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Vertically aligned carbon-nanotube arrays showing Schottky behavior at room temperature.

Research paper by Seung-Ho SH Jung, Soo-Hwan SH Jeong, Sang-Uck SU Kim, Sun-Kyu SK Hwang, Pyung-Soo PS Lee, Kun-Hong KH Lee, Ju-Hye JH Ko, Eunju E Bae, Donghun D Kang, Wanjun W Park, Hwangyou H Oh, Ju-Jin JJ Kim, Hyungseok H Kim, Chan-Gyung CG Park

Indexed on: 29 Dec '06Published on: 29 Dec '06Published in: Small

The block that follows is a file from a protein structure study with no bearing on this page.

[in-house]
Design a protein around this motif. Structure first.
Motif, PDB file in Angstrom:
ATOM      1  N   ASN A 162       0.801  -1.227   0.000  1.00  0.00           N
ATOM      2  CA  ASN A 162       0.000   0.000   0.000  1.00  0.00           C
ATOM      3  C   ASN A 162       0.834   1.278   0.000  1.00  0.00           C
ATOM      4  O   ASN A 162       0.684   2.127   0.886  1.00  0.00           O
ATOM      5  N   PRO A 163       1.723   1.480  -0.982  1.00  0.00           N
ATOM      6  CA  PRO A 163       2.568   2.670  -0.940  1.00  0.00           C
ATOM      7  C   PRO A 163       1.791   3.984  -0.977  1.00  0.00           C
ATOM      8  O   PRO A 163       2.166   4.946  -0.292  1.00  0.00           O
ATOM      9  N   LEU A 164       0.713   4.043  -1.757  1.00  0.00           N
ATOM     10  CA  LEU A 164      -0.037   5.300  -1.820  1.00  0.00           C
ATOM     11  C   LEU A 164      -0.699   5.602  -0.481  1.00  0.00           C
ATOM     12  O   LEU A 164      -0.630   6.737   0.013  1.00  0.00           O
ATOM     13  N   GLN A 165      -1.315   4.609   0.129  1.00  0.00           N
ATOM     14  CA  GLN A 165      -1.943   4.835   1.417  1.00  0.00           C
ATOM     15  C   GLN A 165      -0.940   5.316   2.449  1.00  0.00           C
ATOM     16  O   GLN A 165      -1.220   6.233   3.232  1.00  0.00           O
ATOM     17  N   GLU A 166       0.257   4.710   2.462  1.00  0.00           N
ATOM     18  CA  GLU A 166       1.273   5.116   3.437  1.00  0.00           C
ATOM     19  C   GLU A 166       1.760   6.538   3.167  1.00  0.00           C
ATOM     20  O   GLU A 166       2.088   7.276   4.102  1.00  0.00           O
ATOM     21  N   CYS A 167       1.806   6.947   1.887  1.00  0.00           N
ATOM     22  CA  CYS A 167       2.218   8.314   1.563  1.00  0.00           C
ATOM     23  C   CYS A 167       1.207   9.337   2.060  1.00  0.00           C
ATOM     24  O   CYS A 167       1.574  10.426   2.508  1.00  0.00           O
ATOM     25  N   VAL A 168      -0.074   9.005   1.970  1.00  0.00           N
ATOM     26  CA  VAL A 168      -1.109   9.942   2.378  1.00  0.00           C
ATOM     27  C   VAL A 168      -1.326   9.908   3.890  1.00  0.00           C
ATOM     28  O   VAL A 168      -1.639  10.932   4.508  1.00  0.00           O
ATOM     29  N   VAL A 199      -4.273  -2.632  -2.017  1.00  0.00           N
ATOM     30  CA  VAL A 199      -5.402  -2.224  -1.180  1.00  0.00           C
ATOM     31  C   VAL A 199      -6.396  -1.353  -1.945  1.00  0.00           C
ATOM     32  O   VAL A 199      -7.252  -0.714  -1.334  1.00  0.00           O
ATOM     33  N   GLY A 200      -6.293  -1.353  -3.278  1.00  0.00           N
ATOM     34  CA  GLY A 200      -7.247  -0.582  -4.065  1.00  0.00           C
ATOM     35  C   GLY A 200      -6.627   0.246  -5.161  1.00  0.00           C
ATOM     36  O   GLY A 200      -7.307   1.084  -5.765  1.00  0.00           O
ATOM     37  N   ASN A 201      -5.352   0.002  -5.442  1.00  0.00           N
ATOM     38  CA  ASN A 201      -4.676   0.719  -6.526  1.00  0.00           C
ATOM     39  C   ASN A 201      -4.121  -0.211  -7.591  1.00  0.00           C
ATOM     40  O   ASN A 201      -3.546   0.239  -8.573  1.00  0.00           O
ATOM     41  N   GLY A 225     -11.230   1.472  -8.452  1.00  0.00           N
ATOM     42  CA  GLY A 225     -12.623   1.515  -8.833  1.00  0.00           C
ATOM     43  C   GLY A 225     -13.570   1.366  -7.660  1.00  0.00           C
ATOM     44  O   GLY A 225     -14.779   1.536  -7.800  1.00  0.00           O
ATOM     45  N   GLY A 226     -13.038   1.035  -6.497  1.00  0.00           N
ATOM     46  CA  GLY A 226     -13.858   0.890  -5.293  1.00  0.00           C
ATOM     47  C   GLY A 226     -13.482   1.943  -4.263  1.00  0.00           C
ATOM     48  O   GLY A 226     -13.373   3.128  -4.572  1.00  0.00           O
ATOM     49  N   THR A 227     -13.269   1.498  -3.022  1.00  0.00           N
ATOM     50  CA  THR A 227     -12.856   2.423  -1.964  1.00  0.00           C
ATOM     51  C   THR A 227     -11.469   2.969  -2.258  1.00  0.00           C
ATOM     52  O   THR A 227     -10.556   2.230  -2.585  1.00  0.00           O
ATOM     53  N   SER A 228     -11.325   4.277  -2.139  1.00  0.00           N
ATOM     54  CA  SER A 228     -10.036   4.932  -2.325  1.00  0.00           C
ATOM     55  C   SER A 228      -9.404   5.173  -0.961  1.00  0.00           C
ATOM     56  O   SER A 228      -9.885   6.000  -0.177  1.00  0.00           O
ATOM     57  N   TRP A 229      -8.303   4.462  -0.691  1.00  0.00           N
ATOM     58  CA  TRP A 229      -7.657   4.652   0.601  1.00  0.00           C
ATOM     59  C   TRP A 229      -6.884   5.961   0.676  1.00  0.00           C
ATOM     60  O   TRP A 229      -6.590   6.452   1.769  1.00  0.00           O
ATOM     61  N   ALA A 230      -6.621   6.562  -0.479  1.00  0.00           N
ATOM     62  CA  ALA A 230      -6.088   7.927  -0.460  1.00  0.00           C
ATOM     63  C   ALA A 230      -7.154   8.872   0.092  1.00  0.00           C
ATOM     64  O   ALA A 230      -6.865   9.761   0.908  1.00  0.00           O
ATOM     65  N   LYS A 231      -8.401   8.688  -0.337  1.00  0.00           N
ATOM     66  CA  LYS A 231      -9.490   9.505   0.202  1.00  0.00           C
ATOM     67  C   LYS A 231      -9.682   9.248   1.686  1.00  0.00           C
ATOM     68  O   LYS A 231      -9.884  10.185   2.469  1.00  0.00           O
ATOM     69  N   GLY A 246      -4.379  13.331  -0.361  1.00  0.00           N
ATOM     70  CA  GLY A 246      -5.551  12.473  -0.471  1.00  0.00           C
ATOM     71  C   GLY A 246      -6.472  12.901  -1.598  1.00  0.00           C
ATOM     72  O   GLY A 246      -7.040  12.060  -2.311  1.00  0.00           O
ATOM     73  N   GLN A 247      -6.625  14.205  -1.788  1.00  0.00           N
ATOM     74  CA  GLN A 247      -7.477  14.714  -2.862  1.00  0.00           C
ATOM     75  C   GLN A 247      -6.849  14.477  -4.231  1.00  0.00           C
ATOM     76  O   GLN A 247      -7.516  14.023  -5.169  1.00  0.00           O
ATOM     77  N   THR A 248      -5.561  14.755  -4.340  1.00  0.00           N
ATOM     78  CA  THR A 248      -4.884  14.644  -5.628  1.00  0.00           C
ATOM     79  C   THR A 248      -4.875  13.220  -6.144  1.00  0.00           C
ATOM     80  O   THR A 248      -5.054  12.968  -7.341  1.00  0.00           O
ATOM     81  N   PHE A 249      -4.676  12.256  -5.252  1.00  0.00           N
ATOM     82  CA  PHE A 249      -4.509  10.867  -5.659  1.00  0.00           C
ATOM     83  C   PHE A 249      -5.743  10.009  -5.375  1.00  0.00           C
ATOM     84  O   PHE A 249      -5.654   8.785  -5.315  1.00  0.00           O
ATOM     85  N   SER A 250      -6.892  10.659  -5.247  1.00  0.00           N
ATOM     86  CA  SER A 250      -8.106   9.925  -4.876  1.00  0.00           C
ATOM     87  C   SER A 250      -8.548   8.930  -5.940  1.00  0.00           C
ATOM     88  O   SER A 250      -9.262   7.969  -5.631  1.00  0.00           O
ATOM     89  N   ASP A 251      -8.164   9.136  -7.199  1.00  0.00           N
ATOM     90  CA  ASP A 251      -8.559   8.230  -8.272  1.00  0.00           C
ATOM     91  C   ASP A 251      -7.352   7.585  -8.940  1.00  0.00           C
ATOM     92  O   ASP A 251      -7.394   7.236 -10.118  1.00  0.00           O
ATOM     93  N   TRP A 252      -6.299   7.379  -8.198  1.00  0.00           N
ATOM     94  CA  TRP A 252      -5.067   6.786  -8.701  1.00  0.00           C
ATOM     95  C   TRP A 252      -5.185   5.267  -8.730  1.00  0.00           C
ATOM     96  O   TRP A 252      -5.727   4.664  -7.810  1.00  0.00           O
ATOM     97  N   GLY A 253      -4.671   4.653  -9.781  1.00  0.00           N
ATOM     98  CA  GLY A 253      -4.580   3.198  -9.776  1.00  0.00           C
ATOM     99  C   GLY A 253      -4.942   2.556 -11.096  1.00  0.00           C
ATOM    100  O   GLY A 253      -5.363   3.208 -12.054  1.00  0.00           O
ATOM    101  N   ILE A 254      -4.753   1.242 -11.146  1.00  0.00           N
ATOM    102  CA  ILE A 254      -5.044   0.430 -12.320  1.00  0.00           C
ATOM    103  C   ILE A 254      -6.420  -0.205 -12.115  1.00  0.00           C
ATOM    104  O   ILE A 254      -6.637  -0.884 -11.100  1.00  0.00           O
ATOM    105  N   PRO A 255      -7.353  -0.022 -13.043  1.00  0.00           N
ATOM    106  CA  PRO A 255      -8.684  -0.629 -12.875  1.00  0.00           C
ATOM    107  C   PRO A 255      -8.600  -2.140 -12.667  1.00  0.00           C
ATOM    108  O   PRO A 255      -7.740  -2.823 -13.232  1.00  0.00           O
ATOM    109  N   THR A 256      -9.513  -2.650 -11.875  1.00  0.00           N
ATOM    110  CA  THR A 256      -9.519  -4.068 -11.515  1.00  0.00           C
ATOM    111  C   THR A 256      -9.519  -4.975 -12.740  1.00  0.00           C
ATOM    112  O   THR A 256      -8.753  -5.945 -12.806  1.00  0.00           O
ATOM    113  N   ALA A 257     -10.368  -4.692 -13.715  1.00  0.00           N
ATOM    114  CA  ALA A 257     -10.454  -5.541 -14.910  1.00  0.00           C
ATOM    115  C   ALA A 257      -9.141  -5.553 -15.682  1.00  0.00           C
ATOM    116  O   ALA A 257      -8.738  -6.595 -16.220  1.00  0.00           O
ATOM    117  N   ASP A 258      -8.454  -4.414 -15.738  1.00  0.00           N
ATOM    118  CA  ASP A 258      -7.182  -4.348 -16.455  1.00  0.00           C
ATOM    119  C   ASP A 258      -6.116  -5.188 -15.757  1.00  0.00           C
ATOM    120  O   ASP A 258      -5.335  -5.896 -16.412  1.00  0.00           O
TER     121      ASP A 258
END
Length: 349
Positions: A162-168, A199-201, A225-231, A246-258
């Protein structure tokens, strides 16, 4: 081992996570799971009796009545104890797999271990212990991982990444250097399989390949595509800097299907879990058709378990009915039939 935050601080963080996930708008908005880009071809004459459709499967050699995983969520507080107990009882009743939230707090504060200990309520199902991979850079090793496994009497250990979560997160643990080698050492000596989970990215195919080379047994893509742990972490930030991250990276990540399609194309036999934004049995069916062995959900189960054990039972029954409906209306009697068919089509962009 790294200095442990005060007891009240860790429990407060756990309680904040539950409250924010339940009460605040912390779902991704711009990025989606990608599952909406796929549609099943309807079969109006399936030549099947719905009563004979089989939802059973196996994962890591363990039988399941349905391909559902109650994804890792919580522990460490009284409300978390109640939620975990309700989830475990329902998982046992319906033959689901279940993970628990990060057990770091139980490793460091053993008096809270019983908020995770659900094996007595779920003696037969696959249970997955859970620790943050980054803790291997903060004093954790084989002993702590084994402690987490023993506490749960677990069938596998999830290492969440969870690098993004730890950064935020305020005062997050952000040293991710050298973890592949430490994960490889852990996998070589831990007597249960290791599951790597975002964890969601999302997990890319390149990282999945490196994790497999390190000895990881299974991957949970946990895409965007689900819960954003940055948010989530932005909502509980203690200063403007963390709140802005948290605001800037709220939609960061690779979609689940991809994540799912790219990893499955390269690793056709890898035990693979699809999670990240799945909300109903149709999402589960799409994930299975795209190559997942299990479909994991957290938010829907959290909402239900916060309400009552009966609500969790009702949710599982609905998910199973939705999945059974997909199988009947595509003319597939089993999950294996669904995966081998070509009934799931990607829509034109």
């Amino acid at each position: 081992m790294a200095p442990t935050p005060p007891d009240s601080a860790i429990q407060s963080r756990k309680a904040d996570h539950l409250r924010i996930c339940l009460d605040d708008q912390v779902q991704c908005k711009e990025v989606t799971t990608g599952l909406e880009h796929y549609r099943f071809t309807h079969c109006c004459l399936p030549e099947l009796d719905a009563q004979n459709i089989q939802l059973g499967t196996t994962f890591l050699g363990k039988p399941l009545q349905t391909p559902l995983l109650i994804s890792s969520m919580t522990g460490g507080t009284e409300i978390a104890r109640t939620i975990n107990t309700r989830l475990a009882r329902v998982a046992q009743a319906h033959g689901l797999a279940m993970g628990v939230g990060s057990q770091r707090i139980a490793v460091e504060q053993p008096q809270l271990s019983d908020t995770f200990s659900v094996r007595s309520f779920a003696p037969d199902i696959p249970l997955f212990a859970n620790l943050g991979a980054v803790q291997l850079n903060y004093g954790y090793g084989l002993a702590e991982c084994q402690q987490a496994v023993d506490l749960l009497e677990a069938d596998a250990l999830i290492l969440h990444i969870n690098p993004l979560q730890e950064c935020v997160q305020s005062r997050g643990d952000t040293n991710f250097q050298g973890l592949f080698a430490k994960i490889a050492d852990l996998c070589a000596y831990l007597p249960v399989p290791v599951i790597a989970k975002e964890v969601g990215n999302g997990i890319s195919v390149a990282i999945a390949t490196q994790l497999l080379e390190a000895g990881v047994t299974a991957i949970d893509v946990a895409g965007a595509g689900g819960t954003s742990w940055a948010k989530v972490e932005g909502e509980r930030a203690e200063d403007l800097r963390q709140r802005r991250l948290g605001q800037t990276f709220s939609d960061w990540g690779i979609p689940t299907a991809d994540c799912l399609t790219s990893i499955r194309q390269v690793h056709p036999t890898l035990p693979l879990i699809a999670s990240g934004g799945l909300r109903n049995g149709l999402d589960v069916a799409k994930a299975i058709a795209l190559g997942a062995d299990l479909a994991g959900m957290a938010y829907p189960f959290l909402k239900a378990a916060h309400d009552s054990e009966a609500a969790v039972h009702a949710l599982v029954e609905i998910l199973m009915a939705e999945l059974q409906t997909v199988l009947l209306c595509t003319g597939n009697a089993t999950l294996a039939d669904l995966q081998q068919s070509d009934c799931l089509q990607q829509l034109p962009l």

Abstract

Vertically aligned carbon-nanotube (CNT) arrays were fabricated in the thin-film anodic aluminum oxide (AAO) templates on silicon wafers utilizing a niobium (Nb) thin film as the source electrode. The average diameter of the CNTs was 25 nm, and the number density was 3 x 10(10) cm(-2). The CNT arrays synthesized at 700 degrees C and above exhibited Schottky behavior even at 300 K, with energy gaps between 0.2 eV and 0.3 eV. However, individual CNTs obtained by removal of the template behaved as resistors at 300 K. The CNT/Nb oxide/Nb junction is thought to be responsible for the Schottky behavior. This structure can be a useful cornerstone in the fabrication of nanotransistors operating at room temperature.